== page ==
This site will look much better in a browser that supports web standards, but it is accessible to any browser or Internet device.

Clubs, glossaries, museums, shops and much more......

...all of your model making needs from one site.

Air to air photography using Model Aircraft

Yes it is possible and here is the proof.

These photographs were taken in 1986 and were the result of two frames from a 36 exposure film. In fact we did achieve 8 frames with an aircraft image but these 2 were the best.

A friend and I decided to try air to air photography. We had been flying together for some time and knew how each other flew. Every time we took to the air we flew closer and closer with our models. This took a lot of nerve. There was a couple of occasions when we did touch and we picked up the bits!!

The problem is that you are flying in 3 dimensions but can only see 2 at one time. Imagine two aircraft flying towards you. You can see their height against each other and their distance apart but not their position forwards or backwards from each other. This is hard enough if both aircraft are the same type and powered by the same engines but ours were not.

One model was an Acro Wot and the other a Titan. The Titan flies best at the slower end of the Acro Wots cruising speed. We tried flying together on several occasions without the camera on board the Titan and did get pretty close. There were several scary moments when we waited for the CRUNCH but it didn't happen. Well we loaded the camera and took off again. Glynn flew his Titan at a nice steady height and speed while I flew as close as possible. Waiting for the film to be developed was agonizing. Then the disappointment of seeing only landscape or 'spot the dot' a tiny speck of aircraft in the distance.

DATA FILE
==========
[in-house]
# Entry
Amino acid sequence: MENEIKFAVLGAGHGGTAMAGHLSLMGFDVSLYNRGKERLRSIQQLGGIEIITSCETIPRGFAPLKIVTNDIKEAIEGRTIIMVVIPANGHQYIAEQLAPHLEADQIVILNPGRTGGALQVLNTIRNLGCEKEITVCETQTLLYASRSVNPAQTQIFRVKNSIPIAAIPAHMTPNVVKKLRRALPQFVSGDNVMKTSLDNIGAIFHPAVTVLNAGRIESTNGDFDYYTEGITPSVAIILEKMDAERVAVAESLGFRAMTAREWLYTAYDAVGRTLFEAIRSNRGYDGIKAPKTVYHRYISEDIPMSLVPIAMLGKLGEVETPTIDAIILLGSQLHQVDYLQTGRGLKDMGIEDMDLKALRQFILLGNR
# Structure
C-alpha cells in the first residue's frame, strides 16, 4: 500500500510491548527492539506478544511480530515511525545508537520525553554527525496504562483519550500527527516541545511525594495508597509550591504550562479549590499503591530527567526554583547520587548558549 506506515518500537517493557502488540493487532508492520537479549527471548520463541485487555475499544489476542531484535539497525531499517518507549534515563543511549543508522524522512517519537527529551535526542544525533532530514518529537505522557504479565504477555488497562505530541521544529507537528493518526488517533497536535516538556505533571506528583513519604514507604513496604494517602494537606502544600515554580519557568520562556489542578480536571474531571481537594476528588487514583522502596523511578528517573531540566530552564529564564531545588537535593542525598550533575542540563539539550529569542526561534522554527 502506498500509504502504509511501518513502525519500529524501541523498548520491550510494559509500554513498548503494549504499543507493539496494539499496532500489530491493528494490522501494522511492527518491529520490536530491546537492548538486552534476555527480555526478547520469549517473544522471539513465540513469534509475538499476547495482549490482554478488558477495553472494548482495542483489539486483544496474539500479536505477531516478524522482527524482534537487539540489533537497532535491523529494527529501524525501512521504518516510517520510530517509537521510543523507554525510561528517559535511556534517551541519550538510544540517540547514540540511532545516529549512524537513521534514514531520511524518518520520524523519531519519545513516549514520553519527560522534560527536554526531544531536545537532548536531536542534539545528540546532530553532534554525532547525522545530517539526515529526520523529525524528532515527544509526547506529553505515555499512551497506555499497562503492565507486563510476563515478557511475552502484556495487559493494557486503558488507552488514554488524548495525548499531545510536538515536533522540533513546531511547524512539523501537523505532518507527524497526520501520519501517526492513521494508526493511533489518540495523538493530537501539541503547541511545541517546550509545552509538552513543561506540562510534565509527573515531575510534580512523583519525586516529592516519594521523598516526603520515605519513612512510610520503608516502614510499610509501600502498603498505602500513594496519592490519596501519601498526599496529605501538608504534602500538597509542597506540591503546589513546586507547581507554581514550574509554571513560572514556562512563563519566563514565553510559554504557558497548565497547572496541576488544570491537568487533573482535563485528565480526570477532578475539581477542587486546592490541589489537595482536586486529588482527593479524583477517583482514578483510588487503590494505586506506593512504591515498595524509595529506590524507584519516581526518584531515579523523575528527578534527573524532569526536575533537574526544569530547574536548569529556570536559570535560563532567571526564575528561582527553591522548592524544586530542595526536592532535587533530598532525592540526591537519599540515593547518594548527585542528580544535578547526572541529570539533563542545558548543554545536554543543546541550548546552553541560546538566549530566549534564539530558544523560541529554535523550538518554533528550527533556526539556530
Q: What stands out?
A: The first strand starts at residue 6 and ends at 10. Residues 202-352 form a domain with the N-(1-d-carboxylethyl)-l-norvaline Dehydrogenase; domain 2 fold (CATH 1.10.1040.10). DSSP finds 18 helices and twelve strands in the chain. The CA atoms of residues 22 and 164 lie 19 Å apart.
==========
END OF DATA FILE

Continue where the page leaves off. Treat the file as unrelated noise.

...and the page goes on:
Well we persevered and several rolls of film later and flying desperately close together we finally achieved the results you see. Smack in the shot about 10-15 feet away from the camera lens was the other 'plane and it was in focus!

How can we be sure about the distance. Well the camera used was a SLR with a 50 mm lens and positioned in the 'plane so that you could see in the frame the wing tip of the camera 'plane. We were very pleased with ourselves and the photos.

I remember once being at Old Walden, Bedfordshire, at one of their Model Days. We were approached by a fellow modeller who wanted some air to air pictures of his aircraft. We explained that if we were allowed to fly his model we would be happy to do so. He declined our offer and walked away. I don't think he quite understood the work involved in achieving our results.

The secret to air to air photography we feel is TRUST and LOTS OF PATIENCE.